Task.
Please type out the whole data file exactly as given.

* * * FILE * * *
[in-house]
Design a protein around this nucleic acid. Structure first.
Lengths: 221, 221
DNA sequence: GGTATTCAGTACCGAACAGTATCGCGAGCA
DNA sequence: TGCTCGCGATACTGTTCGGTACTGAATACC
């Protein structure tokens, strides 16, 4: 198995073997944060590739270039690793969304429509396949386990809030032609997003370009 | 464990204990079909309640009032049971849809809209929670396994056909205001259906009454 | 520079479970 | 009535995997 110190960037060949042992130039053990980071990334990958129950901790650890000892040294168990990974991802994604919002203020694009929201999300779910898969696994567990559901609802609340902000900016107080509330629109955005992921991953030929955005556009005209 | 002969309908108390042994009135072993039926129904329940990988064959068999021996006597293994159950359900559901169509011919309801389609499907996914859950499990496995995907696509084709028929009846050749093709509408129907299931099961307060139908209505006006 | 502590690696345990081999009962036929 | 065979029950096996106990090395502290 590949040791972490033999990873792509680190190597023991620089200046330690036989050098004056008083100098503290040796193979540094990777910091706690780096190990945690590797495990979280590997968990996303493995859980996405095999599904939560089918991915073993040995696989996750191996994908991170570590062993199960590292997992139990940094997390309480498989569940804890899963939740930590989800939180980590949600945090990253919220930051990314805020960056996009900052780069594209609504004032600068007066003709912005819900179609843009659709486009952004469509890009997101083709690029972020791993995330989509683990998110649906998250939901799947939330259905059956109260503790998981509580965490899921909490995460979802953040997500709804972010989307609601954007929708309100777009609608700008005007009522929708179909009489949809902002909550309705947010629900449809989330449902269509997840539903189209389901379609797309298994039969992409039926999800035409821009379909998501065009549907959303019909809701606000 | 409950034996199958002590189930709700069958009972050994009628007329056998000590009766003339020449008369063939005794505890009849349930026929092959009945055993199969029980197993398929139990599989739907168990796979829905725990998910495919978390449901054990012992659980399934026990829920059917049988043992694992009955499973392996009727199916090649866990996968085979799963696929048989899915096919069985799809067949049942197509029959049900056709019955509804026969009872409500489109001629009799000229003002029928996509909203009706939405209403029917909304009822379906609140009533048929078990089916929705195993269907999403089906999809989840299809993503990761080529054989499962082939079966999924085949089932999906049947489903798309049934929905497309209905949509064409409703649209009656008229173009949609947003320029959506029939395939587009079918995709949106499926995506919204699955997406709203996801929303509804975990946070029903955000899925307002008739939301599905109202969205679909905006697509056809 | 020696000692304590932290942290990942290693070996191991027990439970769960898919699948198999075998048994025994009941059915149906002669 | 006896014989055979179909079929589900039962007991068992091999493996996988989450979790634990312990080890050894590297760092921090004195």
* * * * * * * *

[in-house]
Design a protein around this nucleic acid. Structure first.
Lengths: 221, 221
DNA sequence: GGTATTCAGTACCGAACAGTATCGCGAGCA
DNA sequence: TGCTCGCGATACTGTTCGGTACTGAATACC
């Protein structure tokens, strides 16, 4: 198995073997944060590739270039690793969304429509396949386990809030032609997003370009 | 464990204990079909309640009032049971849809809209929670396994056909205001259906009454 | 520079479970 | 009535995997 110190960037060949042992130039053990980071990334990958129950901790650890000892040294168990990974991802994604919002203020694009929201999300779910898969696994567990559901609802609340902000900016107080509330629109955005992921991953030929955005556009005209 | 002969309908108390042994009135072993039926129904329940990988064959068999021996006597293994159950359900559901169509011919309801389609499907996914859950499990496995995907696509084709028929009846050749093709509408129907299931099961307060139908209505006006 | 502590690696345990081999009962036929 | 065979029950096996106990090395502290 590949040791972490033999990873792509680190190597023991620089200046330690036989050098004056008083100098503290040796193979540094990777910091706690780096190990945690590797495990979280590997968990996303493995859980996405095999599904939560089918991915073993040995696989996750191996994908991170570590062993199960590292997992139990940094997390309480498989569940804890899963939740930590989800939180980590949600945090990253919220930051990314805020960056996009900052780069594209609504004032600068007066003709912005819900179609843009659709486009952004469509890009997101083709690029972020791993995330989509683990998110649906998250939901799947939330259905059956109260503790998981509580965490899921909490995460979802953040997500709804972010989307609601954007929708309100777009609608700008005007009522929708179909009489949809902002909550309705947010629900449809989330449902269509997840539903189209389901379609797309298994039969992409039926999800035409821009379909998501065009549907959303019909809701606000 | 409950034996199958002590189930709700069958009972050994009628007329056998000590009766003339020449008369063939005794505890009849349930026929092959009945055993199969029980197993398929139990599989739907168990796979829905725990998910495919978390449901054990012992659980399934026990829920059917049988043992694992009955499973392996009727199916090649866990996968085979799963696929048989899915096919069985799809067949049942197509029959049900056709019955509804026969009872409500489109001629009799000229003002029928996509909203009706939405209403029917909304009822379906609140009533048929078990089916929705195993269907999403089906999809989840299809993503990761080529054989499962082939079966999924085949089932999906049947489903798309049934929905497309209905949509064409409703649209009656008229173009949609947003320029959506029939395939587009079918995709949106499926995506919204699955997406709203996801929303509804975990946070029903955000899925307002008739939301599905109202969205679909905006697509056809 | 020696000692304590932290942290990942290693070996191991027990439970769960898919699948198999075998048994025994009941059915149906002669 | 006896014989055979179909079929589900039962007991068992091999493996996988989450979790634990312990080890050894590297760092921090004195």